It’s all well and good to understand the basics of photography, including composition, technique, and the equipment and camera settings required to create a “good” photo – but that’s not all. In order to create really dynamic images you need to create a connection with your subject, one that whomever views your photos can easily see.
Fortunately, as a parent you already have an emotional connection with your child, so taking portraits of your kids will naturally have this type of connection as opposed to photographing a stranger, but learning how to create emotionally-charged images can help you take your photography to the next level. Here are some pointers to get you started:
Taking photos is all well and good, but after a time you start to only see what’s visible through the lens. It also cuts you off from your subject as you are only interacting with them behind your camera. Putting down the camera can help you to see the scene differently.
Ask yourself what your photo is really about – if your immediate answer is “my child” then you really need to work on taking it an extra step. What are you really trying to capture? It could be something abstract like joy or contemplation, or it could be a physical event (scoring a goal). It could also be something more environmental like a day at the park or zoo. Once you understand what the photo is about you can work to make your photo reflect what you are trying to capture.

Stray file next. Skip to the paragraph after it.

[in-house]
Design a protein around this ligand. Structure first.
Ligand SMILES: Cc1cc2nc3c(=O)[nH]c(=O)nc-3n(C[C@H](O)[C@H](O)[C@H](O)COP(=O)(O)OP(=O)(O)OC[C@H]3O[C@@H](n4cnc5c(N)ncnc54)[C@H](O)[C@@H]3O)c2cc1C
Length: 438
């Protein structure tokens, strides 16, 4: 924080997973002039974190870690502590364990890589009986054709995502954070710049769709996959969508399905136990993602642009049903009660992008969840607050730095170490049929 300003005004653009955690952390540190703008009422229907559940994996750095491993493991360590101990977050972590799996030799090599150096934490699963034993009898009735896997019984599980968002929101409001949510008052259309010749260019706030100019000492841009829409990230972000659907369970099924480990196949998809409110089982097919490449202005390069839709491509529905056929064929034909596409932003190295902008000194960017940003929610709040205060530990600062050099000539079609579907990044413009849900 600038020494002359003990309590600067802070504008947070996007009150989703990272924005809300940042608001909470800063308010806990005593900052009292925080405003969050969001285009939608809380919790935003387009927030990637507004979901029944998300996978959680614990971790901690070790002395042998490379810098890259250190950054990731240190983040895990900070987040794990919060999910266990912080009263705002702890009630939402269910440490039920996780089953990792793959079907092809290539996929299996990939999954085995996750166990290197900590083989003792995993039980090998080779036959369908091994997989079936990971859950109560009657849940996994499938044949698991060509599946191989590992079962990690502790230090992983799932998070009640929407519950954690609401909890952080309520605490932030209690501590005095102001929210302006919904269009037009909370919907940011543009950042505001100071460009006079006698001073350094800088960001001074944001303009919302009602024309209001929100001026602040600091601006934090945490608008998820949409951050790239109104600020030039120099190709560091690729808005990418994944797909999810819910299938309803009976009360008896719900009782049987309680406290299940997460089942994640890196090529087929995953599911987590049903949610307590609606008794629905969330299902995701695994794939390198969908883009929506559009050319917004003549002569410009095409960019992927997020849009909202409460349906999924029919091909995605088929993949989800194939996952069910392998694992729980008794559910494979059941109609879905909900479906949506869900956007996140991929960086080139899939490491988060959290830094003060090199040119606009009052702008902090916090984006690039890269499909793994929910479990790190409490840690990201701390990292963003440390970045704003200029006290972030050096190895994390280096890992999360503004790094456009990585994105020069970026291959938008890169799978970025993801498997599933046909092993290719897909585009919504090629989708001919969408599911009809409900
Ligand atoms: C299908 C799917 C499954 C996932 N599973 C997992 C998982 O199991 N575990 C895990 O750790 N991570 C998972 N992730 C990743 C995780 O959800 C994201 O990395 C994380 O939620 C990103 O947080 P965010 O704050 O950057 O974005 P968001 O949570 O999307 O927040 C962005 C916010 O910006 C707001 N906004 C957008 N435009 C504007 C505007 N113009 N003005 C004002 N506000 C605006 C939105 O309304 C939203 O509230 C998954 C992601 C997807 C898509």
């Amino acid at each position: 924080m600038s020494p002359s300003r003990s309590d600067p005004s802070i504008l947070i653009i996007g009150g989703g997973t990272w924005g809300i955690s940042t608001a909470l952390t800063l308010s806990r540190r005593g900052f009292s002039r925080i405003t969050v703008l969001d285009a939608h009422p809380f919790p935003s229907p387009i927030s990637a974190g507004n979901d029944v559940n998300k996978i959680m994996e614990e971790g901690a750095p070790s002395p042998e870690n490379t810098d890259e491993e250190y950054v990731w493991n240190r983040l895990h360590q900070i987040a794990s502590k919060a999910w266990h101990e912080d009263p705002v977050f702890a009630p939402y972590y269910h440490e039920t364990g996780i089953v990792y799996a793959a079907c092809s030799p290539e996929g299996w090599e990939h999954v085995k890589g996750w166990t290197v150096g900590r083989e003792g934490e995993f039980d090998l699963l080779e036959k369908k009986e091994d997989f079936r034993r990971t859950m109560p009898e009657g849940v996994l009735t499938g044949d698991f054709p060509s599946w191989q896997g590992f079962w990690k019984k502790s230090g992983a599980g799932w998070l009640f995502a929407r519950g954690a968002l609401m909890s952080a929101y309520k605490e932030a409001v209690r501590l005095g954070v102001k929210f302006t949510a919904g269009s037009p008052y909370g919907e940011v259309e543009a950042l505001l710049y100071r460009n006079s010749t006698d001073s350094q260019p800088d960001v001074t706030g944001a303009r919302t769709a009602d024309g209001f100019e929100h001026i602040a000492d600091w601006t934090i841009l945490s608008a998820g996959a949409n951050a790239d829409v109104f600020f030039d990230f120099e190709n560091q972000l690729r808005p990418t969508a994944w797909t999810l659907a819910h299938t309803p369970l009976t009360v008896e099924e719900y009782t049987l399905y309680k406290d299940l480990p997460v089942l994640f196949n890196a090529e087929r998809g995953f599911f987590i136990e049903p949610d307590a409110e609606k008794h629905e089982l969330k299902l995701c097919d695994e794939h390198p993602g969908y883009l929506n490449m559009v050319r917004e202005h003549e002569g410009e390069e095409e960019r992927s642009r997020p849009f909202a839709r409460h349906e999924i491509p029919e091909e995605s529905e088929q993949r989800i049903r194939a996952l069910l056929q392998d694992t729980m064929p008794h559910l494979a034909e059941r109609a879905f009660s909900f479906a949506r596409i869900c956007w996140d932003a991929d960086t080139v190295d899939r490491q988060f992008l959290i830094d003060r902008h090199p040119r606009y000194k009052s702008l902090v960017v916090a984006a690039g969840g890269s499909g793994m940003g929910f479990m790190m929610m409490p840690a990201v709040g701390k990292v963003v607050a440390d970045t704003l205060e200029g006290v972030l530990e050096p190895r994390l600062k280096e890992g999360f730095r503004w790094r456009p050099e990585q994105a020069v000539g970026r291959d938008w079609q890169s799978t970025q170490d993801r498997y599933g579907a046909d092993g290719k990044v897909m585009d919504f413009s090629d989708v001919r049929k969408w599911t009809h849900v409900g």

Parents tend to plan their photo shoots in the following manner:
“My child is doing something / we are somewhere interesting”
“I’ll grab my camera”
Photo is taken
There is little planning and forethought put into the process. A little planning can go a long way to creating really dynamic images, such as finding areas of contrast, planning what your child will wear to complement the scene, including a prop, or finding a way to have your child pose naturally to create a more interesting composition. Don’t just point and shoot – plan ahead.
What will this photo be used for? This is something that should be determined prior to the photo shoot, not after. Not much planning is required if the photo will shared online, but if you are planning to print it or adjust it (such as converting to black and white) then some forethought will give you a better final image. Printed images require a much larger format than a .jpg file that sits on your computer, so increase your image size and quality before you take the image.
Hopefully these tips will really help you to create powerful images that connect your child to the photo; so that people who see the final image can really see what you are trying to create. Best of luck!If you’re shooting for black and white you can of course take the image first and then convert (so you have the option of a color version as well), but you may want to shoot a few trial images in camera as black and whites so you can see how the final version will turn out. As always, shooting in RAW format will give you much more flexibility with editing when you are ready.